Reinhard Selten – Game Theory and Experimental Economics

Reinhard Selten

Reinhard Selten (1930-2016), image: Tohma, CC BY-SA 4.0, via Wikimedia Commons

On October 5, 1930German economist and Nobel Laureate Reinhard Selten was born. Selten is well known for his work in bounded rationality and can be considered as one of the founding fathers of experimental economics. For his work in game theory, Selten won the 1994 Nobel Memorial Prize in Economic Sciences (shared with John Harsanyi and John Nash).

“I was always skeptical about authority, about things which were told by authorities, because I was living in a country and in a time where the authority was utterly wrong, in my view. And therefore I distrusted, I feared authority, I also fear it today. I am in a very, very fearful, I mean maybe more than other people, but I distrust authority. That makes me more independent and also some part of rebellious,… I’m a maverick.”
— Reinhard Selten (2004) [6]

Youth and Education

Reinhard Selten was born in Breslau and after a brief family exile in Saxony and Austria, Selten returned to Hesse, Germany after the war. It is believed that there he read an article in the Fortune magazine on game theory by John D. McDonald. At Goethe University Frankfurt, Selten began to study mathematics and earned his degree in 1957. After his studies, Selten worked as scientific assistant to Heinz Sauermann and Selten received his doctorate in Frankfurt in mathematics with a thesis on the evaluation of n-person games in 1961.

At the Berkeley, Free University of Berlin and the University of Bielefeld Selten became visiting professor and he later was appointed professor at the University of Bonn. In Bonn, Selten established the BonnEconLab, a laboratory for experimental economic research. There he built the BonnEconLab, a laboratory for experimental economic research, on which he has been active even after his retirement.

A Brief History of Game Theory

It is believed that the earliest efforts in game theory were made during the 18th century by Charles Waldegrave, an active Jacobite, and uncle to James Waldegrave, a British diplomat, in 1713. In a letter, Waldegrave provides a minimax mixed strategy solution to a two-person version of the card game le Her, and the problem is now known as Waldegrave problem. Later on, American statesman and Founding Father James Madison created what is now recognized as a game-theoretic analysis of the ways states can be expected to behave under different systems of taxation. In 1838, Antoine Augustin Cournot considered a duopoly and presents a solution that is a restricted version of the Nash equilibrium. Ernst Zermelo’s work on optimal chess strategies from 1913 then paved the way for more general theorems.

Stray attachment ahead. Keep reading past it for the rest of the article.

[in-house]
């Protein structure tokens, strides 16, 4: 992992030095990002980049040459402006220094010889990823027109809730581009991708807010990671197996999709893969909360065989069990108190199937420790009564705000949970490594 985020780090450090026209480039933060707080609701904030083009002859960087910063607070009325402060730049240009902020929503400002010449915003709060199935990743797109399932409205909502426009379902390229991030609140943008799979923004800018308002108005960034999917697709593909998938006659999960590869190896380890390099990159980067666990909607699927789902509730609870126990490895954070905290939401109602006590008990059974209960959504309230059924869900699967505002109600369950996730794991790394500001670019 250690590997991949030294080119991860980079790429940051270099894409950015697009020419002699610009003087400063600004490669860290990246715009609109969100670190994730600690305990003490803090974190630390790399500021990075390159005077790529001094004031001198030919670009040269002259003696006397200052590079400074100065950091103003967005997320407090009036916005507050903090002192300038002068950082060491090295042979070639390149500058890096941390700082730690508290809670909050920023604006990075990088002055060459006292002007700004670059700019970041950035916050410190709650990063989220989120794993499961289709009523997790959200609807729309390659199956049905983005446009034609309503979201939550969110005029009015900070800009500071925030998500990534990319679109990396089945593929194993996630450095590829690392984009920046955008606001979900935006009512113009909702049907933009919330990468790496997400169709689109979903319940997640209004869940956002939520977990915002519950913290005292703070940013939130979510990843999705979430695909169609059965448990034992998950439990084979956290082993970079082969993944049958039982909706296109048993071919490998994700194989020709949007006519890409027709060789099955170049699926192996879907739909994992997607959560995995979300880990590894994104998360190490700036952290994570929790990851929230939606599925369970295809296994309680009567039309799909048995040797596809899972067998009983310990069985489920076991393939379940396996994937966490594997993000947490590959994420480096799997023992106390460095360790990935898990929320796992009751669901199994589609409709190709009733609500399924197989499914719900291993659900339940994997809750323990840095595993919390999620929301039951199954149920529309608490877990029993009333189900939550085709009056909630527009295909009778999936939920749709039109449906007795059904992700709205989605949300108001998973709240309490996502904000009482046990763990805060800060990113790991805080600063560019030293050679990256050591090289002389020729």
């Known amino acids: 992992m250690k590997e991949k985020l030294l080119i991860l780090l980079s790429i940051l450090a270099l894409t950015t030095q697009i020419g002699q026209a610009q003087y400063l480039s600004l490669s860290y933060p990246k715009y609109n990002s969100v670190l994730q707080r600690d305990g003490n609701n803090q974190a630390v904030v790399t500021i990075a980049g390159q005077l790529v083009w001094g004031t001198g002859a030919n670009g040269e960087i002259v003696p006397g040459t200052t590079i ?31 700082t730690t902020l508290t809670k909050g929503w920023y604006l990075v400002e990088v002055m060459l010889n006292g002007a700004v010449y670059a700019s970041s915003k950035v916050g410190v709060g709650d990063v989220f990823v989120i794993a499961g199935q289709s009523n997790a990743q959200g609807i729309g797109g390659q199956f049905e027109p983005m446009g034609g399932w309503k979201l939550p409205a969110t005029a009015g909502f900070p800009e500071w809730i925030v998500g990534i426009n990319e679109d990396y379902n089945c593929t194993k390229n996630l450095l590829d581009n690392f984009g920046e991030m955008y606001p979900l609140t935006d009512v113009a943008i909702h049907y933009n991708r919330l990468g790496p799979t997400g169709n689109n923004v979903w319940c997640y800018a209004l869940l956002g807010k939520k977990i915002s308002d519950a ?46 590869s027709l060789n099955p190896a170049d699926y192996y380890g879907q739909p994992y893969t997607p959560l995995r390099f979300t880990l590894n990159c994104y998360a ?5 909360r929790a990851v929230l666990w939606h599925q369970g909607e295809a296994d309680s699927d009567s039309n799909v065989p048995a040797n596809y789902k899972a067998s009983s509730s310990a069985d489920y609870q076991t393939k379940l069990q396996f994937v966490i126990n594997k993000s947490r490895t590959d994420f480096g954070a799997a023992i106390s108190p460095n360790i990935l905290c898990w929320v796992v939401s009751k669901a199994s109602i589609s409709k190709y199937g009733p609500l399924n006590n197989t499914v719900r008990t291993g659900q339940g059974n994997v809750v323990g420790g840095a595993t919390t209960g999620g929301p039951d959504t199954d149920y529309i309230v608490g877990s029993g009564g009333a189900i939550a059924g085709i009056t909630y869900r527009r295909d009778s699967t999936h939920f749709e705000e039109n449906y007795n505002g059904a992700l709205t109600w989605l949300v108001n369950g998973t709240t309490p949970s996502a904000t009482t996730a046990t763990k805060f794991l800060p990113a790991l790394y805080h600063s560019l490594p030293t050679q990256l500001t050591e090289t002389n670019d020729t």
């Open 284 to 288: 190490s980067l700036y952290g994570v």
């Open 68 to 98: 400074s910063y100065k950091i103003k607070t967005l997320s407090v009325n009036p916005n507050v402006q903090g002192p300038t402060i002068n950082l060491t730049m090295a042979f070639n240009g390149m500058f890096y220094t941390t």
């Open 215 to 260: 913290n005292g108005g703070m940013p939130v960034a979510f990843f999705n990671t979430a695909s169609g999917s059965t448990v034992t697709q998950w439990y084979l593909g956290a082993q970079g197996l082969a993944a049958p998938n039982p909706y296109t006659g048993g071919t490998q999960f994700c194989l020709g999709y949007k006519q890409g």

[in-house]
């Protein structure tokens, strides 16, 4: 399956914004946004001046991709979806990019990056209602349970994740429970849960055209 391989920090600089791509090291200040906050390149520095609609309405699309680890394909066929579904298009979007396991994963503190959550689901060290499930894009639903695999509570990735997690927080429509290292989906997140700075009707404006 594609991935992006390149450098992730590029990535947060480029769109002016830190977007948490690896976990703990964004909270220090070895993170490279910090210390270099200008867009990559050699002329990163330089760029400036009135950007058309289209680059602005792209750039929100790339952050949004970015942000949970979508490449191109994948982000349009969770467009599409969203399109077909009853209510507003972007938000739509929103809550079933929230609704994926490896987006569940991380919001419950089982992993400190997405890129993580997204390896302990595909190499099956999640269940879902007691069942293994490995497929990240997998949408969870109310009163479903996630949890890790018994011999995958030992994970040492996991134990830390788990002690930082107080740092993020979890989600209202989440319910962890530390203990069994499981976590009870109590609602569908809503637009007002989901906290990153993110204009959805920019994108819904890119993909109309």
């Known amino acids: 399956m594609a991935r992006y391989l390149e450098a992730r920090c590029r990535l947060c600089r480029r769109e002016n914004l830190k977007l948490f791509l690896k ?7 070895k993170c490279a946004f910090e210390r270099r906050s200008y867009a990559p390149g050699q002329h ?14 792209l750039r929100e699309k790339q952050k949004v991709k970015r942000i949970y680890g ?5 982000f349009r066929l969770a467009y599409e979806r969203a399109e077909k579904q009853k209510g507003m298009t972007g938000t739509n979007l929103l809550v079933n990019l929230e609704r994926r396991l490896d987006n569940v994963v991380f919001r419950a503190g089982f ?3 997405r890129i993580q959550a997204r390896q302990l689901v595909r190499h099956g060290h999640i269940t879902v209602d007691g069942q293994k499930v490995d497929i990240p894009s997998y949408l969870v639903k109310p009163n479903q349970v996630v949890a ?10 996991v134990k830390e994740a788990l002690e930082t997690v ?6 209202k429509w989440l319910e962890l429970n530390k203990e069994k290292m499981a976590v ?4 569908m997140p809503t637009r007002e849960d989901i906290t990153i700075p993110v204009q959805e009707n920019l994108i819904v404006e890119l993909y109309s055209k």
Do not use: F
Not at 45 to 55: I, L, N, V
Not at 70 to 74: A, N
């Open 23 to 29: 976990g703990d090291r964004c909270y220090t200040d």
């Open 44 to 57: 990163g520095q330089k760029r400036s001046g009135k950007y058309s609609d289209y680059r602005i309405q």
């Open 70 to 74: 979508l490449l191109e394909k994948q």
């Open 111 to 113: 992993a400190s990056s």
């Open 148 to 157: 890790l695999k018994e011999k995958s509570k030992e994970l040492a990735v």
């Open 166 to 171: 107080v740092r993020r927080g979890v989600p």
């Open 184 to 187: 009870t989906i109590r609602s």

However, until John von Neumann published a paper on the topic in 1928, game theory had not really been a unique field.[4] In 1944, he published his book Theory of Games and Economic Behavior which was co-authored by Oskar Morgenstern. The second edition of this book provided an axiomatic theory of utility, which reincarnated Daniel Bernoulli’s old theory of utility as an independent discipline.[5] The prisoner’s dilemma was discussed mathematically for the first time in 1950 and an experiment was undertaken by notable mathematicians Merrill M. Flood and Melvin Dresher. Back then also John Nash developed a criterion for mutual consistency of players’ strategies, known as Nash equilibrium, applicable to a wider variety of games than the criterion proposed by von Neumann and Morgenstern. He proved that every n-player, non-zero-sum non-cooperative game has what is now known as a Nash equilibrium.

The Nobel Prize in Economics

In 1965, Reinhard Selten managed to introduce his solution concept of subgame perfect equilibria, which further refined the Nash equilibrium. For his work, Selten won the 1994 Nobel Memorial Prize in Economic Sciences, it was shared with John Harsanyi and John Nash. Reinhard Selten was Germany’s first and, at the time of his death in 2016, only Nobel winner for economics.

Selten is further known for his work in bounded rationality, and can be considered as one of the founding fathers of experimental economics. Along with the psychologist Gerd Gigerenzer he edited the 2001 book Bounded Rationality: The Adaptive Toolbox. His last work was Impulse Balance Theory and its Extension by an Additional Criterion.

Ben Polak, 1. Introduction: five first lessons, [8]

References and Further Reading:

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